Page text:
Viacom is increasingly Over The Top
“[Philo – which includes Viacom – is] a low price point, entertainment skinny bundle delivered via OTT. … AT&T Watch is essentially that too. There’s no broadcast, there’s no sports in there. It’s all entertainment product. It’s a limited selection, so we think there’s more to come, and in fact in every MVPD cable renewal or extension deal we’ve done in the last year and a half, it includes provision that we’ll be added to any OTT or skinny bundles that they have, so it’s more product to come.”
Delivering an evolution
“From the beginning, back to November of ’16, my focus has, was and continues to be running this company, moving it forward, delivering a turnaround, delivering an evolution. And on the turnaround we’ve got proof points on U.S. distribution, where, by the way, we have sequentially improved our distribution revenue every quarter this fiscal year. We’ll have growth in the fourth quarter, the quarter we’re in right now, and we’ll have growth in 2019. We’ve improved our audience shares. We’ve tremendously turned around Paramount.”
The financial picture improves across Viacom
“We’re focused on putting points on the board. We are. Coming out of the third quarter, I think we started to get some recognition on that. Coming out of our fourth quarter, when we deliver not only sequential improvement in domestic affiliate, but growth in domestic affiliate, I think we’ll get some respect for that. When we talk about the numbers that Paramount’s delivering, I think we’ll get some respect for that. And you don’t know what the catalyst to turn [the stock price is], but we have had a real change in sentiment.”
Viacom evolves into a multi-platform global entertainment company
“The fundamental thing we need to do is shift the narrative. People look at us, and they say, ‘yeah, yeah, yeah, you’re a domestic pay TV company,’ and the reality is, that’s wrong. We’re a multi-platform global entertainment company. And that’s why this evolution point, building these new revenue streams, whether it’s studio production, our Advanced Marketing Solutions business, our advanced ad business, which, the strategy is to use that to more than offset any decline on call it the traditional side, that business is growing over thirty percent. You’ll see that business grow, on a percentage basis, accelerate in ’19.”
Earlier in the morning, Bakish also appeared onstage at Communacopia. You can listen to his full question-and-answer session here.
LAS VEGAS, NV – APRIL 25: Jim Gianopulos speaks onstage during the 2018 CinemaCon – Paramount Pictures special summer presentation held at The Colosseum at Caesars Palace on April 25, 2018 in Las Vegas, Nevada. (Photo by Michael Tran/FilmMagic)
Paramount Pictures Chairman and CEO Jim Gianopulos appeared last week at the Bank of America Merrill Lynch 2018 Media, Communications & Entertainment Conference in Los Angeles. In a wide-ranging question-and-answer session, he elaborated on the multiple levers the studio’s new management team has activated to drive Paramount’s renaissance: tightening synergies with Viacom’s media networks, strengthening relationships with popular streaming services, building out Paramount Television, building up the consumer products business, and more deliberately monetizing the studio’s deep library. And it doesn’t hurt that Paramount is churning out great movies.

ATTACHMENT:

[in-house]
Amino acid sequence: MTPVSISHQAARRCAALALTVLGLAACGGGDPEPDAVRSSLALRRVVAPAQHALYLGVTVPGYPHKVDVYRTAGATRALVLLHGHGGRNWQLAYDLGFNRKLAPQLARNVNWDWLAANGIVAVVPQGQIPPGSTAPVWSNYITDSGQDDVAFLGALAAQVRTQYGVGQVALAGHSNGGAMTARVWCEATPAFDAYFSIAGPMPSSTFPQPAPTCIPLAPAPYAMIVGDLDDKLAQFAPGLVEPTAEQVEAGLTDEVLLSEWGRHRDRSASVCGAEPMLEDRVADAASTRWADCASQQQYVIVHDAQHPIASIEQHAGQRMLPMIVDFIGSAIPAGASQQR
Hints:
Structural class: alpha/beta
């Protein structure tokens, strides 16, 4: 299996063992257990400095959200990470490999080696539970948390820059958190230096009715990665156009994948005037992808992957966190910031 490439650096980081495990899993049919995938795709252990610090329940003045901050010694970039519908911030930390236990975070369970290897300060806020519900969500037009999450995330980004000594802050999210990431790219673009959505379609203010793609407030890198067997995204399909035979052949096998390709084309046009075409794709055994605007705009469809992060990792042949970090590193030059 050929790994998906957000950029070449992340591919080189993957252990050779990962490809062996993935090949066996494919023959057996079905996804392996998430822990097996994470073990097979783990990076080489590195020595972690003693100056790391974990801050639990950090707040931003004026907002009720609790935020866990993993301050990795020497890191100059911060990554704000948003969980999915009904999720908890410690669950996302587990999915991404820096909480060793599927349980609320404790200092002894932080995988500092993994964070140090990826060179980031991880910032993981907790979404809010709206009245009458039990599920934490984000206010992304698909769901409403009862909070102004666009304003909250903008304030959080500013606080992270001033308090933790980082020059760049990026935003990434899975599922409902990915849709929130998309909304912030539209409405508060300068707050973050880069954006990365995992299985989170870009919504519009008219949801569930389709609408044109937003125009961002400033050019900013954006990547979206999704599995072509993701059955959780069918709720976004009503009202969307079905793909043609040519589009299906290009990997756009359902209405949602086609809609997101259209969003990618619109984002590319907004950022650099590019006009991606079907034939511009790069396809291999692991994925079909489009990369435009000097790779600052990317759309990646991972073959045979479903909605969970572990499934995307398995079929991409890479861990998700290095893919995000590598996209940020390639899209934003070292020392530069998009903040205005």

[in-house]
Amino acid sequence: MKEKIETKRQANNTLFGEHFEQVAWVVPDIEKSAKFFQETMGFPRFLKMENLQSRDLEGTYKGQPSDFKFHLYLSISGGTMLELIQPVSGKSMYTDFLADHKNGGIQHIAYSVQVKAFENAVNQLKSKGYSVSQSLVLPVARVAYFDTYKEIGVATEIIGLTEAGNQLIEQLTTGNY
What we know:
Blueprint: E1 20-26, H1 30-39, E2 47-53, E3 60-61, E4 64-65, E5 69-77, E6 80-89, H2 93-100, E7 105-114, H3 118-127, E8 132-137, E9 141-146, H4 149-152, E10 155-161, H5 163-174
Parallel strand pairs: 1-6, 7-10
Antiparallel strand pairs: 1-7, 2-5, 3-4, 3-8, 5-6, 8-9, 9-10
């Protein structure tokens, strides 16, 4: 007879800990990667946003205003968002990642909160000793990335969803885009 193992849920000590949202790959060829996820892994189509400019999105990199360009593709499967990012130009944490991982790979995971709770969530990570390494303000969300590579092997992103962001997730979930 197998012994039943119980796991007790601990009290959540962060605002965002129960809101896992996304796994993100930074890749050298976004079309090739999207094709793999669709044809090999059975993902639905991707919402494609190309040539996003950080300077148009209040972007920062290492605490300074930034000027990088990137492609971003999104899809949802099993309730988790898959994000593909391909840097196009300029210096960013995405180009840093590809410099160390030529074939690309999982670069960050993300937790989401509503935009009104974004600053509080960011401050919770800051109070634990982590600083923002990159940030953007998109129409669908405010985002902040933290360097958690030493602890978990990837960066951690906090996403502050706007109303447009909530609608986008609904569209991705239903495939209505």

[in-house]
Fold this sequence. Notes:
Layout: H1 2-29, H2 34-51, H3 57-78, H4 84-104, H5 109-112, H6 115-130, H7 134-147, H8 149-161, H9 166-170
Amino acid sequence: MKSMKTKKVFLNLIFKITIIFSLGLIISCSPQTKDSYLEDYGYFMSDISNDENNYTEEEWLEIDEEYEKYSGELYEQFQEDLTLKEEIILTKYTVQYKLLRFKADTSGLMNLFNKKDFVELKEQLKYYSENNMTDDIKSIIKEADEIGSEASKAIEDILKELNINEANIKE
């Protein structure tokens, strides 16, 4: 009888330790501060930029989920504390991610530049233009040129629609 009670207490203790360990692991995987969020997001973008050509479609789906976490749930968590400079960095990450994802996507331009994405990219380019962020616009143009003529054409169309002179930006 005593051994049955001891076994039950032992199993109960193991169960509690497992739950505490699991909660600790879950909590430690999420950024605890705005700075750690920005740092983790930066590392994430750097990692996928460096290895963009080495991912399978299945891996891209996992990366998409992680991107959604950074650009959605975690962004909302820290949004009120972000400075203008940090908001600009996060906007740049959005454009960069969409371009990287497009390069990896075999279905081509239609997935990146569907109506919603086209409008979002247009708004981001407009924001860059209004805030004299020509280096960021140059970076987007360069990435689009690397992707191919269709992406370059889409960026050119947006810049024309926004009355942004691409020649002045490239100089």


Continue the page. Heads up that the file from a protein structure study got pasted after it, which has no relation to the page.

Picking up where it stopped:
The excerpts below portray a studio in the midst of an awesome transformation. Listen to the full interview here.
Paramount is in a renaissance
“About the culture, I think people do feel that Paramount is in a renaissance and they are part of it and they feel engaged in that. We’ve also extended deals that were expiring – new five-year exclusive deal with Hasbro, which brought us across the Transformers properties, but also has properties like Dungeons & Dragons and Micronauts and many other very popular properties and IP that they are very deeply engaged in producing. We extended our deal with J.J. Abrams, who is arguably one of the most talented people in the movie business and the television business, and also extended a new deal with David Ellison to provide some of our biggest tent-poles like Mission: Impossible and now Top Gun and others, and as well as Terminator, a franchise that he owns. So, you add to that Jerry Bruckheimer and others, so I feel really confident that the team that we have on the executive side and the team that we have on the creative and production side externally that we have ongoing relationships with Leo DiCaprio, Martin Scorsese and others will enable us to continue putting together a great slate.”
Making movies for someone or for everyone
“And I think you’ve heard me say and it’s now a longstanding tradition even when we had at Fox, which is make it for someone or make it for everyone. And that in itself is a principle that has guided us so that even recently where we had films like A Quiet Place, which was a very modestly budgeted, originally a thriller horror movie that broke out and did $340 million and a little movie like Book Club, which was – had a very distinct audience of older women. We bought it for $10 million and it made $70 million. And then, of course, the movie for everyone, which is Mission: Impossible that has now surpassed all the prior films and continues to head toward $775 million or more million dollars worldwide. So, the current slate, we’re very confident in.”